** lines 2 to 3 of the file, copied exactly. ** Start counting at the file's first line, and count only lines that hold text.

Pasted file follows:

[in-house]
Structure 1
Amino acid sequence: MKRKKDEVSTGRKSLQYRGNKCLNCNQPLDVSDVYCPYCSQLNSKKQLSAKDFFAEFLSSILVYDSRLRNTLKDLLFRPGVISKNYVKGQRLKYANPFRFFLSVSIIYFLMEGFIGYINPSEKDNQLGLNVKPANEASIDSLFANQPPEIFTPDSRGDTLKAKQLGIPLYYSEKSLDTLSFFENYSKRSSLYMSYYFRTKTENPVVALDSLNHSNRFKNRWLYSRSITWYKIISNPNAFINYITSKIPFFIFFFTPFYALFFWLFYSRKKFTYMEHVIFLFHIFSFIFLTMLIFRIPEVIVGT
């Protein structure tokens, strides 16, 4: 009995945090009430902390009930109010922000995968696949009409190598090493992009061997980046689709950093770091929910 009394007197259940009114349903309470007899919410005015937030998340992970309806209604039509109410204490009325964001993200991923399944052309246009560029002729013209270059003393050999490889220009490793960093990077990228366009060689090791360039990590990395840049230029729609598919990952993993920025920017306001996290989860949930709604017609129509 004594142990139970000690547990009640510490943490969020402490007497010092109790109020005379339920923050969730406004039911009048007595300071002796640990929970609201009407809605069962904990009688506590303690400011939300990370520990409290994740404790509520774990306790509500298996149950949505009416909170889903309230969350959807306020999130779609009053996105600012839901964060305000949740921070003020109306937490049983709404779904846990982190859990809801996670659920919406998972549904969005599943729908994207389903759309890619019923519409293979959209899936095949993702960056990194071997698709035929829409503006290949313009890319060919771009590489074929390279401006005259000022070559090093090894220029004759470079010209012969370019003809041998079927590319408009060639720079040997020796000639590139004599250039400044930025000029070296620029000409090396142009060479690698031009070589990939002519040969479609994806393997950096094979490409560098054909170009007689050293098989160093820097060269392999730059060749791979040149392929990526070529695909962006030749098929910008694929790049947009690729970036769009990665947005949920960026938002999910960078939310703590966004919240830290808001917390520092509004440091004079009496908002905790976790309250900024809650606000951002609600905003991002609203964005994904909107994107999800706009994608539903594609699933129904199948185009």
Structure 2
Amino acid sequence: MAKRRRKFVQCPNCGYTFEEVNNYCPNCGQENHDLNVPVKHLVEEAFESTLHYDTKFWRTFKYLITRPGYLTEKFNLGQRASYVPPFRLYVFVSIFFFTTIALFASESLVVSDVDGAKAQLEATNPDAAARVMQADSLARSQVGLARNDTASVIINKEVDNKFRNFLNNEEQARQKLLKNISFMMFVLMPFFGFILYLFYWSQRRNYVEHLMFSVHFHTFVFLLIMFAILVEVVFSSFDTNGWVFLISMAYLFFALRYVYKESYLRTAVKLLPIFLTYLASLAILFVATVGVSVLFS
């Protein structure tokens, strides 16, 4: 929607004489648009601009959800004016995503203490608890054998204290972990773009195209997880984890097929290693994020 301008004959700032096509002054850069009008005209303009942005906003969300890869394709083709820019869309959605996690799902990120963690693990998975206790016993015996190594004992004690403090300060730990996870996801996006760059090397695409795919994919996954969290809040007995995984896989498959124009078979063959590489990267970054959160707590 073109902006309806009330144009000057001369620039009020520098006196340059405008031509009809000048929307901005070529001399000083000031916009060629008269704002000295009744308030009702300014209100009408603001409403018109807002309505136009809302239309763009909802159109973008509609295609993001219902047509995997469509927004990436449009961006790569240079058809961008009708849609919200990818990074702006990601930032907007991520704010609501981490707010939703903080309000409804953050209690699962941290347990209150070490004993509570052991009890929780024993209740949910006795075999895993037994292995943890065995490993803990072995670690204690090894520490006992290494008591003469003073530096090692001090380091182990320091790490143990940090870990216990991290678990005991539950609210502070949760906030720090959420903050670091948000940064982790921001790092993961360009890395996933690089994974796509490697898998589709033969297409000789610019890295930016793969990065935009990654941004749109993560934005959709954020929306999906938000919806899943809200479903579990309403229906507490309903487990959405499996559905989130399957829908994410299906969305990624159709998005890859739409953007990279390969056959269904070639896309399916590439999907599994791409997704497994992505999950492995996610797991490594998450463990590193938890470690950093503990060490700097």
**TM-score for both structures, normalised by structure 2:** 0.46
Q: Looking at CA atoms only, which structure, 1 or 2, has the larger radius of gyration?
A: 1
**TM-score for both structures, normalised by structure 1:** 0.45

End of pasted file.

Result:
Structure 1
Amino acid sequence: MKRKKDEVSTGRKSLQYRGNKCLNCNQPLDVSDVYCPYCSQLNSKKQLSAKDFFAEFLSSILVYDSRLRNTLKDLLFRPGVISKNYVKGQRLKYANPFRFFLSVSIIYFLMEGFIGYINPSEKDNQLGLNVKPANEASIDSLFANQPPEIFTPDSRGDTLKAKQLGIPLYYSEKSLDTLSFFENYSKRSSLYMSYYFRTKTENPVVALDSLNHSNRFKNRWLYSRSITWYKIISNPNAFINYITSKIPFFIFFFTPFYALFFWLFYSRKKFTYMEHVIFLFHIFSFIFLTMLIFRIPEVIVGT